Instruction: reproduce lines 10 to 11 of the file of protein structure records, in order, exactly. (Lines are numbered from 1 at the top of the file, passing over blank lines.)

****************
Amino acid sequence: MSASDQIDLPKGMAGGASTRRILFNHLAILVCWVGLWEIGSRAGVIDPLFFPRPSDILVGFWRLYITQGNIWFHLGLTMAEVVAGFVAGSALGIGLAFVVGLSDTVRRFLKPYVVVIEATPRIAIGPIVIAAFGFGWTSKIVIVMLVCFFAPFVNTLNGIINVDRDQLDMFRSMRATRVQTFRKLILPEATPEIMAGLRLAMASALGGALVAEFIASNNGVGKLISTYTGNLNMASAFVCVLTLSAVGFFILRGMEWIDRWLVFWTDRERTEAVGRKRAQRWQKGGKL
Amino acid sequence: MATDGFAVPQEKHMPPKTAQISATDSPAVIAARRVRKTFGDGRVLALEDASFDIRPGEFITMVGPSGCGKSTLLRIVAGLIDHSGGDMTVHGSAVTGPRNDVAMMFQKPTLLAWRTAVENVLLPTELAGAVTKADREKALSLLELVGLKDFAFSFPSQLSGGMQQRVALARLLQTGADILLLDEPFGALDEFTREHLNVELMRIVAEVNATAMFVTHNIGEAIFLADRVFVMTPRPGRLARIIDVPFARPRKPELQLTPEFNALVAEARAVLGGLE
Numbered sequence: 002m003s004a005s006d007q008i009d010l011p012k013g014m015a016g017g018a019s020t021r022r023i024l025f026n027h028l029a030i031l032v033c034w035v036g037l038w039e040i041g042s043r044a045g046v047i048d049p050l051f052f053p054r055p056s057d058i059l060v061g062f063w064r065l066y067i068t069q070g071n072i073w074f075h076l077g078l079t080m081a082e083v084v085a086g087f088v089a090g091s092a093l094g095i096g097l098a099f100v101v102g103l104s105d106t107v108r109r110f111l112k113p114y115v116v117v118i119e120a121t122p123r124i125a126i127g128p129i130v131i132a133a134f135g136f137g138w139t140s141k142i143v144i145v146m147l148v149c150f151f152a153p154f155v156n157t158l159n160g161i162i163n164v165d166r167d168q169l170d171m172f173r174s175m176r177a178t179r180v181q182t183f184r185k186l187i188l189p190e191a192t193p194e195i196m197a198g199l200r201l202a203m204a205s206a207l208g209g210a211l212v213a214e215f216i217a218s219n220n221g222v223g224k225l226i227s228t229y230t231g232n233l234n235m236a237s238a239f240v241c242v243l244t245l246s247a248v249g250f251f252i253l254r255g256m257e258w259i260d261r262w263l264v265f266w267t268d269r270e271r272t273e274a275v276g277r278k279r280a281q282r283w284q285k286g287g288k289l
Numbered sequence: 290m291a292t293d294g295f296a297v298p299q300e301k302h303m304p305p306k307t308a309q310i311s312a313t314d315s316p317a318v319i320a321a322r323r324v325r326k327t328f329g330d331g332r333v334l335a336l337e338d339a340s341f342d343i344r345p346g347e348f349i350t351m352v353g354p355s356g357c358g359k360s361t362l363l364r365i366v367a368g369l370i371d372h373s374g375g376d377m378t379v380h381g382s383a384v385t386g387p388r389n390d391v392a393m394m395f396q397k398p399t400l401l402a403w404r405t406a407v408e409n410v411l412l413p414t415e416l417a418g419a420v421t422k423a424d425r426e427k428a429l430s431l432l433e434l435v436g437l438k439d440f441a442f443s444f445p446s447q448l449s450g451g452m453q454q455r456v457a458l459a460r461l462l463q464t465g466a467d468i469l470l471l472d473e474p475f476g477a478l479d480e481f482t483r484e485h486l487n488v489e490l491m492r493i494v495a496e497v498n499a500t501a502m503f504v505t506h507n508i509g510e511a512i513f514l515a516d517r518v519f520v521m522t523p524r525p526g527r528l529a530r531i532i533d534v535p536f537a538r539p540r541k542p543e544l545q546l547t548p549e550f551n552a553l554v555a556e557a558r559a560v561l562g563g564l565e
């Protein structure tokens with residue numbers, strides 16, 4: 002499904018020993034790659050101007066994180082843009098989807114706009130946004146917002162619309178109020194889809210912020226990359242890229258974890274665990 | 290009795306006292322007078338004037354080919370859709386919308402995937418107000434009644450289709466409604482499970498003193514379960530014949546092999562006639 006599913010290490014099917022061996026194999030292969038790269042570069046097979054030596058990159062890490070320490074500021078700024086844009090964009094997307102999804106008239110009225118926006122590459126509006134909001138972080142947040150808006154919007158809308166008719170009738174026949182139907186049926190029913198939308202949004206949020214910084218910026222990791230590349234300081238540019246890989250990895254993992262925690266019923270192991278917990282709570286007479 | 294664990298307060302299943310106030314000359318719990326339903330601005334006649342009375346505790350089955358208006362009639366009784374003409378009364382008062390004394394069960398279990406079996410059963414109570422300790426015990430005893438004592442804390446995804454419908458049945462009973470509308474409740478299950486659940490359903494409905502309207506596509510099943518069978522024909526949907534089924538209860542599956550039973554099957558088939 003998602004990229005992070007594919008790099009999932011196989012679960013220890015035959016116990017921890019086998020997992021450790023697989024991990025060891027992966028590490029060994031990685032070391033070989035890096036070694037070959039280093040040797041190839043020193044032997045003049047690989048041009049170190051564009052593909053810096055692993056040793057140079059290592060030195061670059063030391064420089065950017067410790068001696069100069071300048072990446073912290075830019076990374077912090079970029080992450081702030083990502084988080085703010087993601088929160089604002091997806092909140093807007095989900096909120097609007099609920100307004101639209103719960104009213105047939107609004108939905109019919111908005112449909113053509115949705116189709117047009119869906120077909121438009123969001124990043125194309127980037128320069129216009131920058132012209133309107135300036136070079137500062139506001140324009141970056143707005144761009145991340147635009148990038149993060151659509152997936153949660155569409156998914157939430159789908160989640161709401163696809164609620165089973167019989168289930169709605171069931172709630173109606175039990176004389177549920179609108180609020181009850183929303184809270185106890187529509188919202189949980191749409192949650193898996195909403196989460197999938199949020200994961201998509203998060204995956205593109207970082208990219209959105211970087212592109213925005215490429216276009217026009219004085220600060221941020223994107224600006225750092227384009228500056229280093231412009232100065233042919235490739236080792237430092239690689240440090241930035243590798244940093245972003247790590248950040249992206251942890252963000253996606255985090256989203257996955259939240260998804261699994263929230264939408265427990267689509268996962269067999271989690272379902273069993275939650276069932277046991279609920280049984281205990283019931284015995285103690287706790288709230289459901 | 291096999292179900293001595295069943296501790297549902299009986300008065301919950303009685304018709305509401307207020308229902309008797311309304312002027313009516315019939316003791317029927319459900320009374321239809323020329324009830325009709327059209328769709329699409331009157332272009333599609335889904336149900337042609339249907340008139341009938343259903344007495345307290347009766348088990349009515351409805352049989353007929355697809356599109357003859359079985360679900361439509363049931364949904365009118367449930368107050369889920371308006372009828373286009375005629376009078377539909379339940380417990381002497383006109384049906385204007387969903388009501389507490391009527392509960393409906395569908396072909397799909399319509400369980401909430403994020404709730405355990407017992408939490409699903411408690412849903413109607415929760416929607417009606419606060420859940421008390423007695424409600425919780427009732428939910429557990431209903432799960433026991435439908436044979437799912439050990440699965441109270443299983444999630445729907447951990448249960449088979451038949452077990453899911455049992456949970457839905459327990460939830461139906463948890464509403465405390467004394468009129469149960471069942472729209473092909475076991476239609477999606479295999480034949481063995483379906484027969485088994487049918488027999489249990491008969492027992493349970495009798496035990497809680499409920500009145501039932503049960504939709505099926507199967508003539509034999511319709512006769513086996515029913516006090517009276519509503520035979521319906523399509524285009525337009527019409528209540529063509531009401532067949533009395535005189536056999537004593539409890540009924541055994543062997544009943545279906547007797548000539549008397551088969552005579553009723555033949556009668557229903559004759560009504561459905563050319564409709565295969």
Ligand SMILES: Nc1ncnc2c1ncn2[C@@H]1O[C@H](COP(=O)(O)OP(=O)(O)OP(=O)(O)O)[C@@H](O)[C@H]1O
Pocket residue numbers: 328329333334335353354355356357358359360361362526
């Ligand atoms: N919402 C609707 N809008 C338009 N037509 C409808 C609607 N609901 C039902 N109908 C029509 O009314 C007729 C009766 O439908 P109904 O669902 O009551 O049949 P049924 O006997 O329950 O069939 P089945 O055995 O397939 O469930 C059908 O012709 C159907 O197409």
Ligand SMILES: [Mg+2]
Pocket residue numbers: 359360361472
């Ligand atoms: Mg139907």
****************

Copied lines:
Pocket residue numbers: 359360361472
């Ligand atoms: Mg139907």